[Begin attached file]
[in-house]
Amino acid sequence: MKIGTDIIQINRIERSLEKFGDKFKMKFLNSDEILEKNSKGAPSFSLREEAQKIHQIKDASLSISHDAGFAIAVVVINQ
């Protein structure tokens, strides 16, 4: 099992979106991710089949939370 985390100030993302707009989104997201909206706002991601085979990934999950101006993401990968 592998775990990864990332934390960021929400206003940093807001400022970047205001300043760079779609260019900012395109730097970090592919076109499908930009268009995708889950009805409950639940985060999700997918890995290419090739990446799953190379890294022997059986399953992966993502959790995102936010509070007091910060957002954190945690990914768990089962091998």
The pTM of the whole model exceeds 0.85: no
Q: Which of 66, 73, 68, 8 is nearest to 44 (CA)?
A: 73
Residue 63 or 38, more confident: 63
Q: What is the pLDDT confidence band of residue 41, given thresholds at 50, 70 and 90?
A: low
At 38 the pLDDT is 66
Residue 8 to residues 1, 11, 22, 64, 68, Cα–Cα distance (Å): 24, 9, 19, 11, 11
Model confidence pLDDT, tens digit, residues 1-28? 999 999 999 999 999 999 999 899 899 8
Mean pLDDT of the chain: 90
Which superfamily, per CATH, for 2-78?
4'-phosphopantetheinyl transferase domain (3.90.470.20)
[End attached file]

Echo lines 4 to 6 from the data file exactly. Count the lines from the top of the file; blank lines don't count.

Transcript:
The pTM of the whole model exceeds 0.85: no
Q: Which of 66, 73, 68, 8 is nearest to 44 (CA)?
A: 73